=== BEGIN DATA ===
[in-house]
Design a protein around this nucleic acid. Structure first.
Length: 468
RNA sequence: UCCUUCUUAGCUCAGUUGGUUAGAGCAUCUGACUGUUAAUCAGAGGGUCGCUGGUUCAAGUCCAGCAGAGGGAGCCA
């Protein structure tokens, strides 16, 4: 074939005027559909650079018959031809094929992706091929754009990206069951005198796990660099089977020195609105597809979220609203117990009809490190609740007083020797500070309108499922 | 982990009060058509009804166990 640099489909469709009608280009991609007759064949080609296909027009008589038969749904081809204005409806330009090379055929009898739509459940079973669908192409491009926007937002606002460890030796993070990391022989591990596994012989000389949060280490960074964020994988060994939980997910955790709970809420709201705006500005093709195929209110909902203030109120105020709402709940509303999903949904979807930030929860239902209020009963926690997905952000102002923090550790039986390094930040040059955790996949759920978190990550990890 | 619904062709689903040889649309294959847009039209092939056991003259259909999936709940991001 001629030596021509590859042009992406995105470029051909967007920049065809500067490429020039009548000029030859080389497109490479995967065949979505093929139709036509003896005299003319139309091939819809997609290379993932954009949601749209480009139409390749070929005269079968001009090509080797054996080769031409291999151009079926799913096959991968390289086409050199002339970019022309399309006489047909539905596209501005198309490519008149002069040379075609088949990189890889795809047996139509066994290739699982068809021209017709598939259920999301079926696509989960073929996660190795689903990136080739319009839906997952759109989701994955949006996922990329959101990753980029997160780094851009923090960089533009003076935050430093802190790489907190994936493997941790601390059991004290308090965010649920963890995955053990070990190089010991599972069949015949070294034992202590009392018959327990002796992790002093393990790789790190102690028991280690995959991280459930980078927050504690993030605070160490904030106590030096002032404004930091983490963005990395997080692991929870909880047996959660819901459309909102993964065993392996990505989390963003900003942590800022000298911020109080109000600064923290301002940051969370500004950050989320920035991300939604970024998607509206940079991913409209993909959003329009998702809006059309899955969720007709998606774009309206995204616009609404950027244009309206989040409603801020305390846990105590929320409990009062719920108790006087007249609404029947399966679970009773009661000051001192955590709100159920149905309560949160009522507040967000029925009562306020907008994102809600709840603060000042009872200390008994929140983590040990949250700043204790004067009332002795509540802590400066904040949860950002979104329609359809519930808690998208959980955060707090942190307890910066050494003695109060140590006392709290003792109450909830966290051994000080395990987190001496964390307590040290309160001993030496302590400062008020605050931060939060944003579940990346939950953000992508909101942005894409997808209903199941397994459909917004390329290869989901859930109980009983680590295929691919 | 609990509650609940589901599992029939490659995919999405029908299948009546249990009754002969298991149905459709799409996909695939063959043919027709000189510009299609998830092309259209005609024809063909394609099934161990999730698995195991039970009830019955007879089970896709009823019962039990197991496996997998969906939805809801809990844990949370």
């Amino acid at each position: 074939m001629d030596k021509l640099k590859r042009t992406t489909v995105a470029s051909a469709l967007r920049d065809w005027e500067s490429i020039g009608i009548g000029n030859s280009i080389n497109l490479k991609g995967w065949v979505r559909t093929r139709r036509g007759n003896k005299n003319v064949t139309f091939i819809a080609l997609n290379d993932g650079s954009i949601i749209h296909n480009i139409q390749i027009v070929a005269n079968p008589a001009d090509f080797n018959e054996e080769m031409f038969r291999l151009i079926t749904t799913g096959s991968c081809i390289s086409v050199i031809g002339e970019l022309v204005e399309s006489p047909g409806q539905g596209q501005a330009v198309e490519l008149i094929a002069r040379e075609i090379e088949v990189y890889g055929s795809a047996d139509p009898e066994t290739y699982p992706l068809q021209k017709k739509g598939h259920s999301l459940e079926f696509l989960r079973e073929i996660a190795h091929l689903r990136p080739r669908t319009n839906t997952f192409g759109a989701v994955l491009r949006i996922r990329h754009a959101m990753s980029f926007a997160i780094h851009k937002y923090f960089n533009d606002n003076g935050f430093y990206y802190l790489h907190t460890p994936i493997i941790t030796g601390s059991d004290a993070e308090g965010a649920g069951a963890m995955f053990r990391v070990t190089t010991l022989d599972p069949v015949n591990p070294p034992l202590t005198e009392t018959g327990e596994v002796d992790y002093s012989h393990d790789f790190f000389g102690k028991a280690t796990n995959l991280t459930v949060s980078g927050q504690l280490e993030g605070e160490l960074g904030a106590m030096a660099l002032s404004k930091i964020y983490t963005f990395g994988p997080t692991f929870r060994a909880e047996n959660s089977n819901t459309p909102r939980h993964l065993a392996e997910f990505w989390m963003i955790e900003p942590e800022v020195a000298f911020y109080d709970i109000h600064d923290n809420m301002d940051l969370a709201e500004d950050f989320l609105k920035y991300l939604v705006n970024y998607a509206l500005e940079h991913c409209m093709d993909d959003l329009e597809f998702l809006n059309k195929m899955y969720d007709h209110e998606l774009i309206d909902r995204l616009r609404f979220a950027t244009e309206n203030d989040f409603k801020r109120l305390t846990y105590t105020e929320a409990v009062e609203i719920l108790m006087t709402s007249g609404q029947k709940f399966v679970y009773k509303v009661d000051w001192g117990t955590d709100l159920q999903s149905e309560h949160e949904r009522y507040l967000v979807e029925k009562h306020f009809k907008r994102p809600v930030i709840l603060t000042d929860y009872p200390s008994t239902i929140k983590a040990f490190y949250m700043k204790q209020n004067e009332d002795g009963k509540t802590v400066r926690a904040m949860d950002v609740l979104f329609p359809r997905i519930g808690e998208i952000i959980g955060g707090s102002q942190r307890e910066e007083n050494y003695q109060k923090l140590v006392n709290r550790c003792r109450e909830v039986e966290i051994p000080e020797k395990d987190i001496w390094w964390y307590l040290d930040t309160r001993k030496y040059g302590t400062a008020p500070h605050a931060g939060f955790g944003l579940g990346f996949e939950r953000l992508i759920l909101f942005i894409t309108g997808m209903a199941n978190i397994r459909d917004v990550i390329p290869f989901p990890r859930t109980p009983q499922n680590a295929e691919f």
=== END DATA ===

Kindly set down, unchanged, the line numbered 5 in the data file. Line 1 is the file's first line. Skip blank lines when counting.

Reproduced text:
């Protein structure tokens, strides 16, 4: 074939005027559909650079018959031809094929992706091929754009990206069951005198796990660099089977020195609105597809979220609203117990009809490190609740007083020797500070309108499922 | 982990009060058509009804166990 640099489909469709009608280009991609007759064949080609296909027009008589038969749904081809204005409806330009090379055929009898739509459940079973669908192409491009926007937002606002460890030796993070990391022989591990596994012989000389949060280490960074964020994988060994939980997910955790709970809420709201705006500005093709195929209110909902203030109120105020709402709940509303999903949904979807930030929860239902209020009963926690997905952000102002923090550790039986390094930040040059955790996949759920978190990550990890 | 619904062709689903040889649309294959847009039209092939056991003259259909999936709940991001 001629030596021509590859042009992406995105470029051909967007920049065809500067490429020039009548000029030859080389497109490479995967065949979505093929139709036509003896005299003319139309091939819809997609290379993932954009949601749209480009139409390749070929005269079968001009090509080797054996080769031409291999151009079926799913096959991968390289086409050199002339970019022309399309006489047909539905596209501005198309490519008149002069040379075609088949990189890889795809047996139509066994290739699982068809021209017709598939259920999301079926696509989960073929996660190795689903990136080739319009839906997952759109989701994955949006996922990329959101990753980029997160780094851009923090960089533009003076935050430093802190790489907190994936493997941790601390059991004290308090965010649920963890995955053990070990190089010991599972069949015949070294034992202590009392018959327990002796992790002093393990790789790190102690028991280690995959991280459930980078927050504690993030605070160490904030106590030096002032404004930091983490963005990395997080692991929870909880047996959660819901459309909102993964065993392996990505989390963003900003942590800022000298911020109080109000600064923290301002940051969370500004950050989320920035991300939604970024998607509206940079991913409209993909959003329009998702809006059309899955969720007709998606774009309206995204616009609404950027244009309206989040409603801020305390846990105590929320409990009062719920108790006087007249609404029947399966679970009773009661000051001192955590709100159920149905309560949160009522507040967000029925009562306020907008994102809600709840603060000042009872200390008994929140983590040990949250700043204790004067009332002795509540802590400066904040949860950002979104329609359809519930808690998208959980955060707090942190307890910066050494003695109060140590006392709290003792109450909830966290051994000080395990987190001496964390307590040290309160001993030496302590400062008020605050931060939060944003579940990346939950953000992508909101942005894409997808209903199941397994459909917004390329290869989901859930109980009983680590295929691919 | 609990509650609940589901599992029939490659995919999405029908299948009546249990009754002969298991149905459709799409996909695939063959043919027709000189510009299609998830092309259209005609024809063909394609099934161990999730698995195991039970009830019955007879089970896709009823019962039990197991496996997998969906939805809801809990844990949370």